The last 12 months has seen some incredible advances made in ARM-class processor development.
Dual-core is the new ‘single core’ and eight-core the new ‘quad core’.
But with this almost seemingly exponential growth in performance comes a growing problem – heat. Putting it simply, today’s tablets, smartphones and mini PCs are all starting to generate too much heat.
Many of today’s new Cortex A7 and A12 – and even a smattering of A9 – chips are being manufactured at a tiny 28-nanometres, but with huge demands for performance – particularly graphics performance – CPU manufacturers may well be having trouble keeping up thermally and we’re starting to see product temperatures on the rise.
And it appears to becoming a problem already. There are reports of Samsung’s new Galaxy S4 suffering from overheating problems with its new Exynos 5 Octa SoC CPU. These are reportedly being solved with software remedies, but the question remains – why is the phone overheating in the first place?
And it’s not just phone overheating. Most USB stick-style mini PCs are sold with firmware designed to operate the device at 1280×720-pixel resolution. Why? We think its due to overheating. We’ve seen a couple of new 1080p ROM updates made available online in the last few weeks and they typically include a warning – your device will get hot. In one case, we saw mention of an external USB fan being a good idea to cool it down.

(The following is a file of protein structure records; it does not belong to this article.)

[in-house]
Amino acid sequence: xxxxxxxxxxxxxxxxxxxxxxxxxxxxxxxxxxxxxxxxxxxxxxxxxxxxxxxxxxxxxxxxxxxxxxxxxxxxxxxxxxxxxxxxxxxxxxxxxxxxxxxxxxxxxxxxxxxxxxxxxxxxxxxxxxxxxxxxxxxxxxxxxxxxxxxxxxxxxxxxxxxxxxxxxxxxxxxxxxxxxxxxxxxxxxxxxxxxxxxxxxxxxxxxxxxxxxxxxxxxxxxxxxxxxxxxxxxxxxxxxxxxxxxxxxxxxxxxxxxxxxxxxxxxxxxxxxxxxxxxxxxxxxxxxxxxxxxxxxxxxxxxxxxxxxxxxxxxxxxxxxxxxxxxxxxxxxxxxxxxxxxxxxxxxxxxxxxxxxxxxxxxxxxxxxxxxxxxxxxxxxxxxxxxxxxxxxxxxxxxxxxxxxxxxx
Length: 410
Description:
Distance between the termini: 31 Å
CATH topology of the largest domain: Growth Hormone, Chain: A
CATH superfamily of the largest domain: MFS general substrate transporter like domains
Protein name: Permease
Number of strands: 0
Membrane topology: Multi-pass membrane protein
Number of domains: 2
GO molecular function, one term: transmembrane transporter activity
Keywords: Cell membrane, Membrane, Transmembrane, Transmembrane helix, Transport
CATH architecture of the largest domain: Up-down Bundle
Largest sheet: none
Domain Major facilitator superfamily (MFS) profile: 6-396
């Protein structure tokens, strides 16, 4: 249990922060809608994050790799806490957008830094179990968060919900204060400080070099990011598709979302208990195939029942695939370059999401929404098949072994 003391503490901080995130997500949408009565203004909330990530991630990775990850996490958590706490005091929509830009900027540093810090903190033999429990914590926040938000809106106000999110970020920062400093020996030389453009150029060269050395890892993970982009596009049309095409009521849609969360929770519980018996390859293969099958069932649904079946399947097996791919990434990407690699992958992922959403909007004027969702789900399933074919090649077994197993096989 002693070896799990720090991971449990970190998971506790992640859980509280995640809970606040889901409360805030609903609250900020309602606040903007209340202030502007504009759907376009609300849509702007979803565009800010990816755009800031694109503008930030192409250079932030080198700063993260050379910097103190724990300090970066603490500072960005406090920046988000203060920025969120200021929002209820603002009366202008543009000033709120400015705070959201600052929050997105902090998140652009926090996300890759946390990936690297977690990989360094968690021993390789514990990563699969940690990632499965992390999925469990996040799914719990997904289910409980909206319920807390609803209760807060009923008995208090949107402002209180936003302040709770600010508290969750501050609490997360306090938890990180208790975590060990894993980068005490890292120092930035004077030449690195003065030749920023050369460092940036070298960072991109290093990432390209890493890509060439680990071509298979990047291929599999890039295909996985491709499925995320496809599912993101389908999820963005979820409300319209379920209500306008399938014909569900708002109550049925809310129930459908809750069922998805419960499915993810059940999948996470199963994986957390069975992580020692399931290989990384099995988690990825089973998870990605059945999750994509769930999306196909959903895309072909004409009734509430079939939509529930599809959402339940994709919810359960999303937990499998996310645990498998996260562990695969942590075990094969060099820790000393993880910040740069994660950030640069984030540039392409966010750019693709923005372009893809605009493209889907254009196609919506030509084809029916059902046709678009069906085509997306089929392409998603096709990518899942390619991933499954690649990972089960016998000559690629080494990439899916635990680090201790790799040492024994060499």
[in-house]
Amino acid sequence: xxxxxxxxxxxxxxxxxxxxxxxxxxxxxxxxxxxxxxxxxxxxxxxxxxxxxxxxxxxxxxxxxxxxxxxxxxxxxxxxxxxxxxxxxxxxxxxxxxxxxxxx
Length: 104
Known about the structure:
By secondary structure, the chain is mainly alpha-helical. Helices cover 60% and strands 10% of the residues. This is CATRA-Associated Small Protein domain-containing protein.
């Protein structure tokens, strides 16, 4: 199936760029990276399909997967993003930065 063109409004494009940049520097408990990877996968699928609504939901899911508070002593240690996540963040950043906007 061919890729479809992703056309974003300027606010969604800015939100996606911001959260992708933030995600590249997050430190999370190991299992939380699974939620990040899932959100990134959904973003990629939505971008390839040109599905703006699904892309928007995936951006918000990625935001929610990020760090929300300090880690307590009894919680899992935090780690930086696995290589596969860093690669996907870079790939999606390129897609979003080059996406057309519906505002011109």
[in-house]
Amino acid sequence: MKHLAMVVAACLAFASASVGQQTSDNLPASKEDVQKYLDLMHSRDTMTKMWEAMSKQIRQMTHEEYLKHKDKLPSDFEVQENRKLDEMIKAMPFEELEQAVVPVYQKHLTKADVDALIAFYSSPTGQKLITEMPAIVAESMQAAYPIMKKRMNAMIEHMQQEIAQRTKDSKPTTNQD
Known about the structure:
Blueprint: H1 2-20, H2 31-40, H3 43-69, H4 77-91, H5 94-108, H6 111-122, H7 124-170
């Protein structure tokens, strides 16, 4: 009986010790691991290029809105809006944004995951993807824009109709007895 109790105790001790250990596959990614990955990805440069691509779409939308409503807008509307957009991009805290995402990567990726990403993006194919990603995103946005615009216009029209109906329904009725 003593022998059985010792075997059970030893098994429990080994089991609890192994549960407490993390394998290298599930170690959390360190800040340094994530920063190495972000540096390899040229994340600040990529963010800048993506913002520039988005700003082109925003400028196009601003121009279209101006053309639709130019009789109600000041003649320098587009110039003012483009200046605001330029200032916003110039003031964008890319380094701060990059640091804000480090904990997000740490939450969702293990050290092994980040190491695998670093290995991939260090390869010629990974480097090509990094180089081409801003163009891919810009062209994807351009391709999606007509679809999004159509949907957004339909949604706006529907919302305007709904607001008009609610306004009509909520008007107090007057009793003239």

The one thing that is certain is this problem won’t go away any time soon – in fact, it’ll likely get worse. We eagerly await the up-coming phones using Qualcomm’s Snapdragon 800 quad-core CPU hitting up to 2.3GHz and how they’ll manage heat production.
One possible solution that may well become the way forward was developed by NEC recently – micro-level water-cooling. NEC’s Medias X N-06E is the world’s first smartphone to use watercooling. It works by tiny 1.2mm-diameter water-filled heatpipes drawing heat away from the centre to the edges of the phone. The phone only uses the Snapdragon S4 Pro chip, but as SoC CPUs increase in core count and clock speed faster than they reduce in nanometre manufacture, it may become inevitable that a better cooling must be found.
Sooner, rather than later.
Try these similar stories:
- Homebrew case upgrade for MK802IV mini PC
- Q&A: Can I overclock my mini PC?
- Q&A: CX-919 1080p custom ROM freezing?
- New CX-919 ROM delivers true 1080p video output display
- LG’s next Optimus G phone powered by Snapdragon 800 CPU
- Apple getting 4.7, 5.7-inch and $99 iPhones?
- Apple’s cheap iPhone to begin shipping August: report
- Qualcomm announces six new Snapdragon chips
- Rikomagic MK802IV, clones get new 1080p ROM firmware
- Is there a fundamental problem with 7-inch Windows 8 tablets?